He expressed gratitude for the troopers in his ten-piece band and then he unleashed “the epic mini-series” of a song, the collusion and conglomeration of everything that had happened in the minutes, the hours, the days, the months, the years, and the decades leading up to the creation of The Age of Adz, which drew inspiration from the art and life of a schizophrenic Louisianan sign-maker and self-proclaimed prophet, Royal Robertson. All the self-isolation and self-destruction, the pending apocalypse and past abductions, pyschobabble and prophecy and catastrophe, love and loss, affection and affliction: The sum of all these things was a 26-minute live rendition of “Impossible Soul,” the closing track on Sufjan Stevens’ latest album. This came as the second to last song of his set (excluding encore) and after ten songs exclusively from the aforementioned albums.
Patient we were, but also captivated. The breadth of talent on that stage was absolutely entrancing and even though many came to hear tales of Illinois and Michigan (with a few no doubt crossing their fingers for a future taste of Oregon) or even delicate banjo plucking, not a soul was disappointed.Sufjan’s jerky dance moves coaxed chuckles, his costumed props added smiles, and his Auto-Tuned vox on “Impossible Soul” may have drawn outright laughs but it was only because we were unaccustomed to such a dramatic, artistic transformation performed so perfectly. With two drummers on two drums kits–including electronic drum pads–two female back up vocalists and dancers, two and three trombonists, two on keys and piano, two on guitars (bass, electric, acoustic, banjo), and Sufjan before his lectern, the execution was impeccable. There were no loops. The intricacies of the highly electronic Adz were entirely accomplished with live instruments. The opening, ode to Paul Simon, “All Delighted People” carried tangible power for the initial eleven minutes...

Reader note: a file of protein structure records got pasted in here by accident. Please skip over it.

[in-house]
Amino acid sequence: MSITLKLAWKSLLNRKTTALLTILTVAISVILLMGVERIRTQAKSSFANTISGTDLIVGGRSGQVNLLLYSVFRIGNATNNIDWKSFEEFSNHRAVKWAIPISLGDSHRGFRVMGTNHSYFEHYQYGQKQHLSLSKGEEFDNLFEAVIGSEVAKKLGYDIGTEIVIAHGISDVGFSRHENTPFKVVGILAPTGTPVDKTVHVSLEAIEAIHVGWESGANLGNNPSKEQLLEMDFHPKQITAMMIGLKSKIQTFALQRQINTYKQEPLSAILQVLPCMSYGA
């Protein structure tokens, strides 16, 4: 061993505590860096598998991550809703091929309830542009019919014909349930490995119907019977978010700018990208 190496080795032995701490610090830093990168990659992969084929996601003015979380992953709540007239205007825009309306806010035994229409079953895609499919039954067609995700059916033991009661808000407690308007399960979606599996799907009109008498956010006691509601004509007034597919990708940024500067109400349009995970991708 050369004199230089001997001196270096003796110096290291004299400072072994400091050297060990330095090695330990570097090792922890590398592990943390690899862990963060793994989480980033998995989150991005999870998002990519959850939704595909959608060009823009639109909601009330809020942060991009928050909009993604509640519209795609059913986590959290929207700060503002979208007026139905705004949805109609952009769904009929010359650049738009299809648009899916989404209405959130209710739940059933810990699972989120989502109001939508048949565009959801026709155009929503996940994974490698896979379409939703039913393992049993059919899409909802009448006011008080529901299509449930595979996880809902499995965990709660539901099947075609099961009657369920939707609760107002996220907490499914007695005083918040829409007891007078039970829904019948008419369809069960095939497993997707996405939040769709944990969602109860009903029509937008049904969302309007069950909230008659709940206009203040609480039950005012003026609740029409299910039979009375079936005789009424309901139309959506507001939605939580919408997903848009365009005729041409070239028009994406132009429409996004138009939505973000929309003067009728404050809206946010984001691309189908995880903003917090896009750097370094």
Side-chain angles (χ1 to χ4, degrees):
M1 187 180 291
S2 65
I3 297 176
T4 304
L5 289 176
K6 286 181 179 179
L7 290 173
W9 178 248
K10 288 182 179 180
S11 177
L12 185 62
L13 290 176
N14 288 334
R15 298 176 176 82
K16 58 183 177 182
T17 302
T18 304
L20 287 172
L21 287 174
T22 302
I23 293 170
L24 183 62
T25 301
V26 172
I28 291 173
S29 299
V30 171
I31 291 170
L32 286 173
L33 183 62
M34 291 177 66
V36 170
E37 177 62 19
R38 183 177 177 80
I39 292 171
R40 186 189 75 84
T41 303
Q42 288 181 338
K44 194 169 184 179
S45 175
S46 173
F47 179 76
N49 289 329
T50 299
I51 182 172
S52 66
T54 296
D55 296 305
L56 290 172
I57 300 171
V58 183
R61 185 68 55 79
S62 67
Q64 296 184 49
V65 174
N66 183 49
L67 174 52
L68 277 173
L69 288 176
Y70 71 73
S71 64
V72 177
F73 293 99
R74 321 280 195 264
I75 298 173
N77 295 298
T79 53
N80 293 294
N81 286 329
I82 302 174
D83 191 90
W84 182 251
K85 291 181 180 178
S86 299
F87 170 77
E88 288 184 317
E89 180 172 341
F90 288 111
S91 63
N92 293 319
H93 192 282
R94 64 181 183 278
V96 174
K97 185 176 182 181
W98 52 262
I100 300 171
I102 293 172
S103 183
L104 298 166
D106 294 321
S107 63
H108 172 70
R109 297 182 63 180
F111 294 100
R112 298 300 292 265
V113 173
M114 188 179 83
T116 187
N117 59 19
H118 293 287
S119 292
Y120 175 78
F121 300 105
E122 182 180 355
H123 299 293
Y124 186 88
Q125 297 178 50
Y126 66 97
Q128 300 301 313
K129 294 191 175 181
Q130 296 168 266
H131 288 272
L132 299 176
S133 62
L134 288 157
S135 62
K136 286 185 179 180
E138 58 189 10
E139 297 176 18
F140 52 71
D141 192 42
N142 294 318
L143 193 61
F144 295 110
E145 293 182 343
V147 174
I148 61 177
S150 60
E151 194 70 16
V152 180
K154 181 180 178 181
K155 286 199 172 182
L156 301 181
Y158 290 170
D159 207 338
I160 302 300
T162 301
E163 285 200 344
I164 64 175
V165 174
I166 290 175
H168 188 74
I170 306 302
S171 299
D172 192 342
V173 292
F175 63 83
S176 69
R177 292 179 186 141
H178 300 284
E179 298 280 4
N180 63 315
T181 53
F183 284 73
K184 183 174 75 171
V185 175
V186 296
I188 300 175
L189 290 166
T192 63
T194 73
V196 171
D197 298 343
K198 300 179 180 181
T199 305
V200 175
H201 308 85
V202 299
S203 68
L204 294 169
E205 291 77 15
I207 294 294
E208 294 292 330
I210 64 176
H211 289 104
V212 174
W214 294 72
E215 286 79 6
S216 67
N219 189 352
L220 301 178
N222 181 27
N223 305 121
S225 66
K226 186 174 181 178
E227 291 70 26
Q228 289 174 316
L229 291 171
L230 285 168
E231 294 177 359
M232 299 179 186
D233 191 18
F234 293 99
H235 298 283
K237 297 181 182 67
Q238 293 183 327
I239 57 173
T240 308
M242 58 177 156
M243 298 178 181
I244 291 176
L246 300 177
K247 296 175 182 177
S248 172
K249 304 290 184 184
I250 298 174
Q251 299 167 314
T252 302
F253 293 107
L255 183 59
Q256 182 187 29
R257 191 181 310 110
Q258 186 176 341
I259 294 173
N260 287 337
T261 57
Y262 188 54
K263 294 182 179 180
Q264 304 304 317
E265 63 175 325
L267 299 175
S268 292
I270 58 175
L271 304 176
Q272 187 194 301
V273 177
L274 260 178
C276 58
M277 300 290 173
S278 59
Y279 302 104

Read the rest and see photos on OMN.